In this week’s New Statesman, the former leader of the Social Democratic Party, David Owen, writes a special essay commemorating the 30th anniversary of the Limehouse Declaration, explaining how the Social Democratic Party came into being – and attacking current Liberal Democrat policy.
The former member of the “Gang of Four” criticises the Lib Dems’ support for the radical Conservative health-care reforms, arguing that “[if] the Liberal Democrats cannot call a halt to or, at the very least, slow down, these ill-conceived health reforms they will no longer be able to claim to be the heirs of Beveridge”.
“I write as the person who advocated . . . for an internal market in the health service. [But] the internal market is not the same as an external market. It was never envisaged that decisions should be taken solely on competitive and financial grounds, without regard for the obligation to provide the best possible medical care,” argues Owen.
Elsewhere in the essay, the crossbench peer defends his decision to leave the Labour Party and help create the SDP. The SDP “unleashed forces far more powerful and potentially important than anything I had ever seen stemming directly from the Labour Party,” he says. Anyone who thinks the SDP did not have a “profound effect” on British politics is “living on a different planet”. Both Labour and the Conservatives were “at some stage influenced [by the SDP], and for the better”, he argues.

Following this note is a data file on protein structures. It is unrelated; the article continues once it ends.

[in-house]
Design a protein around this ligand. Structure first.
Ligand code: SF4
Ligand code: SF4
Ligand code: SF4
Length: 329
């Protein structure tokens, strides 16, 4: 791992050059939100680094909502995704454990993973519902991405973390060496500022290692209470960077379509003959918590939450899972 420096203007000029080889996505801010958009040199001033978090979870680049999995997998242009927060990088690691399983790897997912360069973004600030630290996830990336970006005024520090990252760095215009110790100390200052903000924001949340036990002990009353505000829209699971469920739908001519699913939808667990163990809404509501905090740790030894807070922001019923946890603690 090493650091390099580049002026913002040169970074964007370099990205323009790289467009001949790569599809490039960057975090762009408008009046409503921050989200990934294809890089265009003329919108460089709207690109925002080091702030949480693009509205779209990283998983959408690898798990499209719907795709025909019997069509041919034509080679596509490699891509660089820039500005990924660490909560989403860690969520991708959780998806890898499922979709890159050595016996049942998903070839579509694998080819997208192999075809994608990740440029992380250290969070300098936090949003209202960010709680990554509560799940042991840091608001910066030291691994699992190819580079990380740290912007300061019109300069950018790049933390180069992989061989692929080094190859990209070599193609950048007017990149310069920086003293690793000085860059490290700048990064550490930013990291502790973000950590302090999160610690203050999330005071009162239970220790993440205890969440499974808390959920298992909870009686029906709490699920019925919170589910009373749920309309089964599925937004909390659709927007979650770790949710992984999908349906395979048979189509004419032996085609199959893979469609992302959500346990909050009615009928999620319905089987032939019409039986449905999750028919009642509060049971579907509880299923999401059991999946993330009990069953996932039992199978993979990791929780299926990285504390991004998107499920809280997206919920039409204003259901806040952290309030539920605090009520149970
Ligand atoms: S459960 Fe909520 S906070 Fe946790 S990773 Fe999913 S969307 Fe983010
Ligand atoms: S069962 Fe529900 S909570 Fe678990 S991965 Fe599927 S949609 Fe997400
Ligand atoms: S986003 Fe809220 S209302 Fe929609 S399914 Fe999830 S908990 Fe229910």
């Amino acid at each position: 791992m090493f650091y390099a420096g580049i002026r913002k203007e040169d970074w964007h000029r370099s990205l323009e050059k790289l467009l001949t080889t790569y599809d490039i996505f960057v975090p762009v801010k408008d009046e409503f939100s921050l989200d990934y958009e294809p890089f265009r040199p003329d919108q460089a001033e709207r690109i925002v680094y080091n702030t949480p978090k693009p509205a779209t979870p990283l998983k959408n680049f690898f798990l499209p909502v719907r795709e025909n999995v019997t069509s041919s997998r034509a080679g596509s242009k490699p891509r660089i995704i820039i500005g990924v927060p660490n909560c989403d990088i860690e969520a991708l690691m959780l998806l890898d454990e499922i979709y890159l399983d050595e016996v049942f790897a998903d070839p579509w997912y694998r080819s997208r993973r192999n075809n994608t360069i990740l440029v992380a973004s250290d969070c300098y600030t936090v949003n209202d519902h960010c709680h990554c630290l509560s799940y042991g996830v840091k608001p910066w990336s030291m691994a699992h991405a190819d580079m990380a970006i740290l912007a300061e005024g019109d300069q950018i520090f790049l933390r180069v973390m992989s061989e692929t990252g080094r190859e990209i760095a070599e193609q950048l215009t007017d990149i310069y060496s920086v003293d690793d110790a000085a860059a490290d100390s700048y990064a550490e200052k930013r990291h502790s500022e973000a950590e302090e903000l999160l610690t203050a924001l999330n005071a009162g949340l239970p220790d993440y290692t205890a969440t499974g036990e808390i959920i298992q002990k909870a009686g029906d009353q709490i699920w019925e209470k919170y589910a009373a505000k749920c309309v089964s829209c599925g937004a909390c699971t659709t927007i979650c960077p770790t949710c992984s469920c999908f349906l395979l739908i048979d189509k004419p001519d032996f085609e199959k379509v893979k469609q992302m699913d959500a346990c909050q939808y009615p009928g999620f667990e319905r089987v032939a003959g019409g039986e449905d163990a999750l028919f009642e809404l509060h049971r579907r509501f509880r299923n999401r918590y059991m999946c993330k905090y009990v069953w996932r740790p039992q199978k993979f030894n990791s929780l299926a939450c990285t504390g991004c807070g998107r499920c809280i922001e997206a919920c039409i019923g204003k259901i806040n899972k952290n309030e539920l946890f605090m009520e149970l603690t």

The New Statesman also publishes for the first time Owen’s original version of the Limehouse Declaration (below) – which laid out the reasons why the Gang of Four were to leave the Labour Party – complete with handwritten annotations.
“No fair-minded person reading the Limehouse Declaration today can doubt that the SDP’s message still has resonance, even after 13 years of Labour government and eight months of a Conservative-Liberal Democrat coalition,” argues the former Bosnian peace envoy.
Owen blames his decision partly on Tony Benn, who had “succeeded in committing the Labour Party to fighting the next general election on four ruinous policies”.
Also in this week’s issue, Roy Hattersley explains why he decided to stay with Labour. “I had already decided that, if Labour sank, I would go down with the ship,” he writes. He also criticises those who “had no stomach for the battle to move the party back into the mainstream”. Hattersely writes: “It still seemed right to ‘fight, and fight, and fight again, to save the party’ from extremism”.